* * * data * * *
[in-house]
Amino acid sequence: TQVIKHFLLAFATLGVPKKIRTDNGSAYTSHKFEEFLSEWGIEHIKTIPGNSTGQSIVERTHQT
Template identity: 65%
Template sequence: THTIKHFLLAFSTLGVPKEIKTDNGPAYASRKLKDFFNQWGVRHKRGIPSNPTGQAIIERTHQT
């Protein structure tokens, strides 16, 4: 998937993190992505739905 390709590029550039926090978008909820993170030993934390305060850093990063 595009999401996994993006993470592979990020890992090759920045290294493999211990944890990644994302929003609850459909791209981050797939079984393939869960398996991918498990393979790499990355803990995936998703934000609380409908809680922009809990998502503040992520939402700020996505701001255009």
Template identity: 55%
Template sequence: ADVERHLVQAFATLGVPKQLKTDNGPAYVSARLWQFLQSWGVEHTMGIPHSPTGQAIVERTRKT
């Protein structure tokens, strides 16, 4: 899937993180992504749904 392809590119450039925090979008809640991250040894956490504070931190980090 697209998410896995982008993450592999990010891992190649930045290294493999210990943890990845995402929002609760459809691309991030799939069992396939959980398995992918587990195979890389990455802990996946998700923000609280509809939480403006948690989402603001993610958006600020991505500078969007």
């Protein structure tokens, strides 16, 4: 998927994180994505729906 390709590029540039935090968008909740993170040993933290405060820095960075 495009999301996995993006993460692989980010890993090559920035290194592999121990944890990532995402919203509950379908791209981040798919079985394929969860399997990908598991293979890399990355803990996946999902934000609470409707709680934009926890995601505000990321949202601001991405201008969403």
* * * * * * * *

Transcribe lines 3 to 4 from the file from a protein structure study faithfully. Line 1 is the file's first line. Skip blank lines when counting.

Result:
Template identity: 65%
Template sequence: THTIKHFLLAFSTLGVPKEIKTDNGPAYASRKLKDFFNQWGVRHKRGIPSNPTGQAIIERTHQT